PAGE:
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Peanuts & Pistachios Will Mark The History Of Change At Food & Drug Administration

Few would have predicted that when history is written on the first term of the Obama Administration that peanuts and pistachios would play such prominent roles.   Those unlikely products, however, will be used by historians to demonstrate the bad old ways versus the new U.S. Food & Drug Administration (FDA).

Maybe because the new President himself came from the streets of Chicago, he went to the front lines of the country’s public health challenge to select Dr. Margaret Hamburg as FDA Commissioner and Dr. Joshua Sharfstein, as her deputy.   Dr. Hamburg, an expert in biological defense and disease control, was during the 1990s the youngest person in history to serve as New York City’s health commissioner.  Dr. Sharfstein, a pediatrician, came to FDA directly from heading up the Baltimore Health Department.

It is really hard to overstate how unusual it is to have two top FDA officials from the gritty streets of big cities.   Almost all previous FDA Commissioners come from academic and research backgrounds.  You can go through each biography of past FDA Commissioners here

Few had any in-the-streets experience.   LBJ’s last commissioner, Dr. James Goddard, came out of the Public Health Service at a time when federal doctors wore uniforms and saw patients.   And Nixon’s appointee, Dr. Herbert Lay, Jr., was known for his service as an epidemiologist for our troops in Korea and Vietnam.

But that’s about it.   FDA Commissioners have not been folks who got their hands dirty, knocking down the TB rate in the Big Apple as Dr. Hamburg did or taking on the dangers of over-the-counter cold and cough medicines for children under age 2 as Dr. Sharfstein did.  The typical FDA honcho creates process, not results.

So when Sharfstein took over FDA, while waiting for Hamburg to clear the Senate, it really should have come as no surprise that he opted to recall Salmonella-contaminated pistachios before anyone got sick.

The FDA has completed its inspection of Salmonella contamination in pistachios and pistachio products at Setton Pistachio of Terra Bella, Inc., Terra Bella, Calif., and presented a 483 Inspection Report to the firm.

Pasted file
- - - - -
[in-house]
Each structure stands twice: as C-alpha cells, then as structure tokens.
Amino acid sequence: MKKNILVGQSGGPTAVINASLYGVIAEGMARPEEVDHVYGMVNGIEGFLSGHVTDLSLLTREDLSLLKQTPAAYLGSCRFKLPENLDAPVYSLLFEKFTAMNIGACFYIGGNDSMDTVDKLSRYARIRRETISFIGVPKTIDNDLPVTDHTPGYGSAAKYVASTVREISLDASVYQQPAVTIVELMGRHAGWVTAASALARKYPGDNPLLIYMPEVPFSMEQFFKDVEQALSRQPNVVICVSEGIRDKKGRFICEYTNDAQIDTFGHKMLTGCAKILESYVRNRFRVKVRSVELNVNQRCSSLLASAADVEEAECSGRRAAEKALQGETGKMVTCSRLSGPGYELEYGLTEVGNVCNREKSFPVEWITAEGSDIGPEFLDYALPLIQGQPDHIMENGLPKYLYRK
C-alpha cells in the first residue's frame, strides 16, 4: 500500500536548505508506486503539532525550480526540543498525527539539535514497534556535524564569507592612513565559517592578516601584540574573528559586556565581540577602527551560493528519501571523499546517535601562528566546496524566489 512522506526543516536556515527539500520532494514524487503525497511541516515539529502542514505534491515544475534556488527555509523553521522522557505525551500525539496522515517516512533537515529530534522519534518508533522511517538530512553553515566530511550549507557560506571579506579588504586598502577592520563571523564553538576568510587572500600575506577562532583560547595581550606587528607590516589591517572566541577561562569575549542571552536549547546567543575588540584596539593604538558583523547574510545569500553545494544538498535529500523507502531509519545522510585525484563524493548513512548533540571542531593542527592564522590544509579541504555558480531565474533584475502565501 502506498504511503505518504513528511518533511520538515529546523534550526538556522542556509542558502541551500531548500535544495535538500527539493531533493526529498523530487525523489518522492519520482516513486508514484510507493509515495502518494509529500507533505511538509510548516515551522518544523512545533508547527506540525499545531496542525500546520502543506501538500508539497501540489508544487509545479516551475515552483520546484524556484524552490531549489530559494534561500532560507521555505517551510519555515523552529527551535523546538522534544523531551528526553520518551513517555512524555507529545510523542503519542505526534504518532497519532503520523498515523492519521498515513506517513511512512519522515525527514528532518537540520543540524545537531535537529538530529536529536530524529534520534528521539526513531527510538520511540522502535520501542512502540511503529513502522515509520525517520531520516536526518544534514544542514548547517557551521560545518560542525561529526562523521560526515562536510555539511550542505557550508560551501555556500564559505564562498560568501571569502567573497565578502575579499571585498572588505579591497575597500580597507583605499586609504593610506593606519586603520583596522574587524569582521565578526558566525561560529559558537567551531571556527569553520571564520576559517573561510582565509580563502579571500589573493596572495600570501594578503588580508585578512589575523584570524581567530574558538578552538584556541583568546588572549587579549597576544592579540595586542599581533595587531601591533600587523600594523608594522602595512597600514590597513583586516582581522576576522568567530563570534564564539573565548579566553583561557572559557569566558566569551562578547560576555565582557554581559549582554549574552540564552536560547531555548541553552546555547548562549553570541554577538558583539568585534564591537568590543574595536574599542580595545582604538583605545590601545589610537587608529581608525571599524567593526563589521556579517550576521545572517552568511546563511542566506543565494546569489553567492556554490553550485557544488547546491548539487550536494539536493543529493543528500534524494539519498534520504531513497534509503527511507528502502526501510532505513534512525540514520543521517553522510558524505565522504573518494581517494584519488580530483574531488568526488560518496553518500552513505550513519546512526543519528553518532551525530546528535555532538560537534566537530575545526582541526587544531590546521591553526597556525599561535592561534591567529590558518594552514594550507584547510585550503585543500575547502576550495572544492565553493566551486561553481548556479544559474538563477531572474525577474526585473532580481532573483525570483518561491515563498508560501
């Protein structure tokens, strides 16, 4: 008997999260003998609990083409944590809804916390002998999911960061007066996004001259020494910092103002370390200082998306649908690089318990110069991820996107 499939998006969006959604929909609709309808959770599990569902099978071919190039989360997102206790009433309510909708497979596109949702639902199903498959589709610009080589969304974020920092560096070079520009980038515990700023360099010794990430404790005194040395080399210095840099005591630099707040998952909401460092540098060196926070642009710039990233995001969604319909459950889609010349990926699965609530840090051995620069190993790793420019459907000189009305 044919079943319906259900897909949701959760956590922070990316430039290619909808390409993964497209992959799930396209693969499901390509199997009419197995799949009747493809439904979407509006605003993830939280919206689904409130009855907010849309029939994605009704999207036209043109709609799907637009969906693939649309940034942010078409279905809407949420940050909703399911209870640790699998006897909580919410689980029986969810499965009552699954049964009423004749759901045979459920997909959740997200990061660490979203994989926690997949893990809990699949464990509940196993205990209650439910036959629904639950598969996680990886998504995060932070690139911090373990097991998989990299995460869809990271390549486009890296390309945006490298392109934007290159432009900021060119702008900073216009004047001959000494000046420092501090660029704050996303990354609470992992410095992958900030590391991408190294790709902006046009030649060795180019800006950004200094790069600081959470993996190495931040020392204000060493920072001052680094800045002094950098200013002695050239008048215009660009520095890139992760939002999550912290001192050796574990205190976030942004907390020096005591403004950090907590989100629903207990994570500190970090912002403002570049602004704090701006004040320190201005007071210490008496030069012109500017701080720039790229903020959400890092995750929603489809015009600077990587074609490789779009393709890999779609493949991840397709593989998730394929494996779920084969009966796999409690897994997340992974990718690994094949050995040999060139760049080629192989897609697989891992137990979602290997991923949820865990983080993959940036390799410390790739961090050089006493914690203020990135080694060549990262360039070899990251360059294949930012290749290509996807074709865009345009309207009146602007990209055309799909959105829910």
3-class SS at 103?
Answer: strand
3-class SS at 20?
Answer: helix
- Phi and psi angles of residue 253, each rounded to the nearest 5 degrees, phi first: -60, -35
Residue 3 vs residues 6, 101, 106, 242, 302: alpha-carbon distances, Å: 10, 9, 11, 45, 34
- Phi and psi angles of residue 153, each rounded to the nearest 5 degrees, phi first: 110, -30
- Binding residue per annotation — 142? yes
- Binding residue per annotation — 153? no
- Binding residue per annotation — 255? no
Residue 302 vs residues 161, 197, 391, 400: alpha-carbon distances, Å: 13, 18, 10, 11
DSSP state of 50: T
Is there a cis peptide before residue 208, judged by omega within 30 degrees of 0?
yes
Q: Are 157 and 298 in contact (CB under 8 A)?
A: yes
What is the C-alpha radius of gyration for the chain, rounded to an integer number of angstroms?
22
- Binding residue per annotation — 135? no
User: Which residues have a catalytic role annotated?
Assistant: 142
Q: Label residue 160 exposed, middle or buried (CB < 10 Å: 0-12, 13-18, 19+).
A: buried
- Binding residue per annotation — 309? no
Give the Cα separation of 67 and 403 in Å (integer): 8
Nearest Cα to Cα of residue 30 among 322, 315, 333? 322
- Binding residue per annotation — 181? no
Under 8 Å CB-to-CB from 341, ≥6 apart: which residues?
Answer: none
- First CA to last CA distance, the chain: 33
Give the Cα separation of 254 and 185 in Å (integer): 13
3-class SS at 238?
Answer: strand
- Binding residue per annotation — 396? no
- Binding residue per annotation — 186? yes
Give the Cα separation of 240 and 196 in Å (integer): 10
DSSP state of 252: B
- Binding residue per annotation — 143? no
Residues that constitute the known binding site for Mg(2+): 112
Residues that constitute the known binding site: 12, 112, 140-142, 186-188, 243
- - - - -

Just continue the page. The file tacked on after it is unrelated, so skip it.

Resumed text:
It now says that the 606 products involved in the pistachio recall to date should be about it, but consumers are advised to check the list before eating anything that contain pistachios.  That list can be found here.   FDA’s recall database contains pistachios and pistachio products that have been recalled because they contain pistachios recalled by Setton Pistachio.

And FDA warned the public:  "Consumers should not eat pistachios or food products containing them (such as pistachio bakery goods and pistachio ice cream) until they can determine that the products do not contain pistachios recalled by Setton.  FDA’s warning does not apply to pistachios and pistachio products not associated with recalled pistachios from Setton Pistachio."

Costly to the pistachio industry?  Most certainly.   Anybody sick?  Not that we know of.

The contrast to the peanut fiasco would not be more stark.

The Peanut Corporation of America’s conduct is now the subject of a criminal investigation.  Its products made at least 714 in 46 states and Canada sick with Salmonella Typhimurium.  One out of four of those confirmed cases required time in the hospital to recover and nine people died.

The eventual recall of products and ingredients that came from PCA has exceeded 3,900.  Check it out here.   PCA’s plants in Plainview, TX and Blakely, GA are modest by manufacturing standards, but have had a devastating impact on the entire peanut industry.

Costly to the peanut industry?  $1 billion lost, according to the Georgia Peanut Commission.  PCA is in bankruptcy.  Its customers, who put PCA peanut butter in their products, are probably going to have to eat the cost.   And we already spoke of the sick and the dead.

PCA’s Texas plant escaped state and federal regulation entirely.  The Lone Star State imposed a $14.6 million fine.  Lot’s luck with that one.  In Georgia, PCA paid for the best outside inspection report money could buy. (There is an audit company out there that should be zapped by the Almightly.)

Peanuts and Pistachios.   Before and After.  FDA Commissioners from ivory Towers versus the Streets.   History in the making, that much is for sure.